Re: [sixties-l] Re:Vietnam War (DH not mentioned)

From: Marty Jezer (
Date: Wed Jun 14 2000 - 21:55:11 CUT

  • Next message: William Mandel: "Re: [sixties-l] Re:Vietnam War"

    Ron is right, and the facts back him up. We dropped more tonnage of bombs
    on tiny
    Vietnam than we did on Nazi Germany -- a larger, more industrialized, and
    more populated country. We had total superiority in the air and the sea. We
    outgunned them, we bombed ruthlessly and recklessly with bombs, napalm, and
    agent orange. We destroyed the ecology of their country. The only thing we
    did not do was bomb dikes, which would have flooded population centers, and
    nuke Hanoi. Had we had done either of these things, we would have lost our
    Western allies, there would have anti-American rioting in every country in
    the world, and there would have been civil war at home. But to say the
    anti-war caused the loss or that LBJ did not have the will to win is
    military nonsense. We lost because our allies were corrupt and wouldn't
    fight, because the northerners (right or wrong) saw this as a war of
    national liberation -- a continuation of the war in which they defeated the
    french), because American military leadership was inept, and because after
    67 large sectors of the draftee army (much to their credit and honor) lost
    the will to fight except for their self-protection.

    The interesting question (a real difficult one), as I wrote in an earlier
    post, (lost in the DH furor) was whether the anti-war movement made a
    strategic mistake by taking a revolutionary turn in 1968 just when the
    mainstream population was opposing the war. I didn't understand then, but
    I do now, but had Humphrey become President (a sure thing with only token
    movement support), he would have been compelled to end the war on
    essentially the same terms Kissinger got a few years later. To continue the
    war would have destroyed his presidency and with it the Democratic Party.

    As Paul Joseph in his fine South End Press book, Cracks in the Empire,
    documents, the major elements of the Democratic Party, including its
    corporate financial backers, were ready to quit the war in 1968. The
    so-called "wise men" (that's a yuk) organized by Clark Clifford told LBJ
    the game was up. That's why he resigned. The anti-war movement, in my
    opinion, was about to achieve its goal of ending the war after the 68
    election when it took a revolutionary (violent and nonviolent) path. We
    bear some responsibility for electing Nixon President and for the war's
    continuation. I don't think we are morally to blame. We didn't order
    strategic bombing, Operation Phoenix, destroying villages to save them and
    other actions which, I believe, represent war crimes. But in our
    inexperience, enthusiasm, and misguided politics, we let an opportunity for
    peace to pass. Of course if Humphrey had had the courage to do what LBJ was
    too much of a coward to do and say the war had to be ended, he would have
    had our support and been elected. Then he would have had to produce if only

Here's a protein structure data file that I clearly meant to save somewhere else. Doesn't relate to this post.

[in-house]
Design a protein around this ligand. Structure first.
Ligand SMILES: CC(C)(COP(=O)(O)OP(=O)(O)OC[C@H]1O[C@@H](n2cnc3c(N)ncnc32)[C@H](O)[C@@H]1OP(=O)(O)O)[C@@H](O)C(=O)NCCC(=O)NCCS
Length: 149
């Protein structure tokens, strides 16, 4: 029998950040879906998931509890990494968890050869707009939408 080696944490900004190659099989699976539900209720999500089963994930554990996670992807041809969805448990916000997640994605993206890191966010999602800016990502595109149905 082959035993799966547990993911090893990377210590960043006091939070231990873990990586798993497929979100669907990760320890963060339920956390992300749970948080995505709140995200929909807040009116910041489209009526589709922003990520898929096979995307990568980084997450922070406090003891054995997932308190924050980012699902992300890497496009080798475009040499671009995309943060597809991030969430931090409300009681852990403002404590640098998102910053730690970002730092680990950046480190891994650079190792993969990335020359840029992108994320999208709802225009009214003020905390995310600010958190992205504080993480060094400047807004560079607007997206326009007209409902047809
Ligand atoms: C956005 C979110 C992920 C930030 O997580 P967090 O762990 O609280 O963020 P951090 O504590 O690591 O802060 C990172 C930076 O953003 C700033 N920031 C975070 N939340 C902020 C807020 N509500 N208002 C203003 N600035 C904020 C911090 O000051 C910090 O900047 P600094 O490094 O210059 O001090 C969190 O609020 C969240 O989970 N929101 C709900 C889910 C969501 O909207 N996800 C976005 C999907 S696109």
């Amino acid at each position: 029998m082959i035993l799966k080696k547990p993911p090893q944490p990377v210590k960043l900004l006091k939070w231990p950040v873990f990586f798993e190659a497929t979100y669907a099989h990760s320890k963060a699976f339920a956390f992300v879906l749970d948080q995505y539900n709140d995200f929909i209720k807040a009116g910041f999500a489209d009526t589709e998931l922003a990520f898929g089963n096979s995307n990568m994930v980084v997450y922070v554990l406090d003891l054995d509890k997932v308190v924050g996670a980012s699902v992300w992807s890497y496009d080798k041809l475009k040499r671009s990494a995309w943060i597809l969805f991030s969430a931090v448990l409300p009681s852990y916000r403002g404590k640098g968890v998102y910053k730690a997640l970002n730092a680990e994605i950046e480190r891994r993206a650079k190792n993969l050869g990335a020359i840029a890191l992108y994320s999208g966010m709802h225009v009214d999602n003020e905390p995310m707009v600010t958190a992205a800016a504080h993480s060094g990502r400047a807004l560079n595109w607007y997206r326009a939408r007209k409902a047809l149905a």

to save his party. (As for the defense industry and it's support for the
    war, spending would have been high even without the war -- high defense
    spending in a stable domestic political situation is better for them than
    higher spending in a situation of political turmoil -- a point Paul Goodman
    and others made in 68. Ending the war would have been unpopular on the
    right, but the defense industry wouldn't have been desperate and many
    corporations, craving domestic stability, would have been happy to can it).
    Marty Jezer

    At 04:54 PM 6/14/2000 -0400, you wrote:
    >Regarding the "arguments" Horowitz makes concerning Vietnam: the reason
    >(as Ted M. stated) 2.5 million Vietnamese people died was not becasue the
    >antiwar movement demanded a withdrawal, it was becasue the war machinery
    >of the United Staes and its allies killed them, plain and simple. If our
    >call for a withdrawal had been heeded in 1967 or 1968 (even 1969) several
    >hundred thousand Vietnamese (and arguably Cambodians) would not have
    >died. The myth that it was the media and the antiwar movement which
    >caused the US defeat is exactly that-a myth. A major fact remains that
    >ruling elites in the US could not agree on how to run the war without
    >nuclear weapons and, although NIxon/Kissinger seriously considered doing
    >so, cooler heads prevailed in the wake of the major protests in Fall
    >1969. The primary evil power in the world (if one is to get
    >moralistic) should be measured by the number of evil acts undertaken by
    >its political and military machinery and, while the 20th century certainly
    >had more than its share of contenders for this title, it's seems pretty
    >certain that the US (especially in the post WW II era) will get quite a
    >few votes, probably a third place finish after Stalin's USSR and Hitler's
    >Reich (although some might give third to Mao's China in sheer tems of its
    >apparent barbarity. (The US system of empire is much more insidious and
    >consequently seems less sadistic to the casual observe).
    >Blaming the antiwar movement for the blodbath in Vietnam is a bit like
    >blaming those who opposed HItler's Reich in the 19030s in Germany for the
    >camps and slaughter that occurred therein. Or like Ronald reagan laying a
    >wreath at the SS cemetery in Bitburg and telling the worl that the members
    >of the SS were "victims" too......
    >-ron jacobs

    Marty Jezer  *  22 Prospect St. *  Brattleboro, VT 05301 * p/f  802 257-5644 

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